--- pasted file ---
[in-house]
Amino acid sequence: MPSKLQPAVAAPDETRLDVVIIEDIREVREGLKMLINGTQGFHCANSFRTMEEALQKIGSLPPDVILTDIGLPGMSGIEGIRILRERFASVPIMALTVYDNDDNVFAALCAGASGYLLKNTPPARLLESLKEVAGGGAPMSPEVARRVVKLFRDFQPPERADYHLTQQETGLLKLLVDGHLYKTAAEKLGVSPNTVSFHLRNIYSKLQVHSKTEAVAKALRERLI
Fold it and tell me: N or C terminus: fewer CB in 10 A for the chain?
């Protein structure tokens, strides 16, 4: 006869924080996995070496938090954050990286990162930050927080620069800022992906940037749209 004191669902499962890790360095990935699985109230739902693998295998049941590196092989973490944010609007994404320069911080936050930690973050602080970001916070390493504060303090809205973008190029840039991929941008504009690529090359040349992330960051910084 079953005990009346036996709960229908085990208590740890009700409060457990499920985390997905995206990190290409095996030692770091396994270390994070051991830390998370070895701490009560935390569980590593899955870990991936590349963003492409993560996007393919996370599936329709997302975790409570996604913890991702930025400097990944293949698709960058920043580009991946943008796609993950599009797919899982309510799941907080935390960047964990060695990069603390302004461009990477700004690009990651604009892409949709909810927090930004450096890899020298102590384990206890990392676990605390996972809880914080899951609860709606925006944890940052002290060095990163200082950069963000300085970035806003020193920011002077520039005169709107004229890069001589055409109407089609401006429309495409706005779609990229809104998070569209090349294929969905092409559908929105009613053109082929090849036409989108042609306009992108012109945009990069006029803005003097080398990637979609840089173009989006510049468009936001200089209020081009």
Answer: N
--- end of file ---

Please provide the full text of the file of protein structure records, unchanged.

[in-house]
Amino acid sequence: MPSKLQPAVAAPDETRLDVVIIEDIREVREGLKMLINGTQGFHCANSFRTMEEALQKIGSLPPDVILTDIGLPGMSGIEGIRILRERFASVPIMALTVYDNDDNVFAALCAGASGYLLKNTPPARLLESLKEVAGGGAPMSPEVARRVVKLFRDFQPPERADYHLTQQETGLLKLLVDGHLYKTAAEKLGVSPNTVSFHLRNIYSKLQVHSKTEAVAKALRERLI
Fold it and tell me: N or C terminus: fewer CB in 10 A for the chain?
């Protein structure tokens, strides 16, 4: 006869924080996995070496938090954050990286990162930050927080620069800022992906940037749209 004191669902499962890790360095990935699985109230739902693998295998049941590196092989973490944010609007994404320069911080936050930690973050602080970001916070390493504060303090809205973008190029840039991929941008504009690529090359040349992330960051910084 079953005990009346036996709960229908085990208590740890009700409060457990499920985390997905995206990190290409095996030692770091396994270390994070051991830390998370070895701490009560935390569980590593899955870990991936590349963003492409993560996007393919996370599936329709997302975790409570996604913890991702930025400097990944293949698709960058920043580009991946943008796609993950599009797919899982309510799941907080935390960047964990060695990069603390302004461009990477700004690009990651604009892409949709909810927090930004450096890899020298102590384990206890990392676990605390996972809880914080899951609860709606925006944890940052002290060095990163200082950069963000300085970035806003020193920011002077520039005169709107004229890069001589055409109407089609401006429309495409706005779609990229809104998070569209090349294929969905092409559908929105009613053109082929090849036409989108042609306009992108012109945009990069006029803005003097080398990637979609840089173009989006510049468009936001200089209020081009």
Answer: N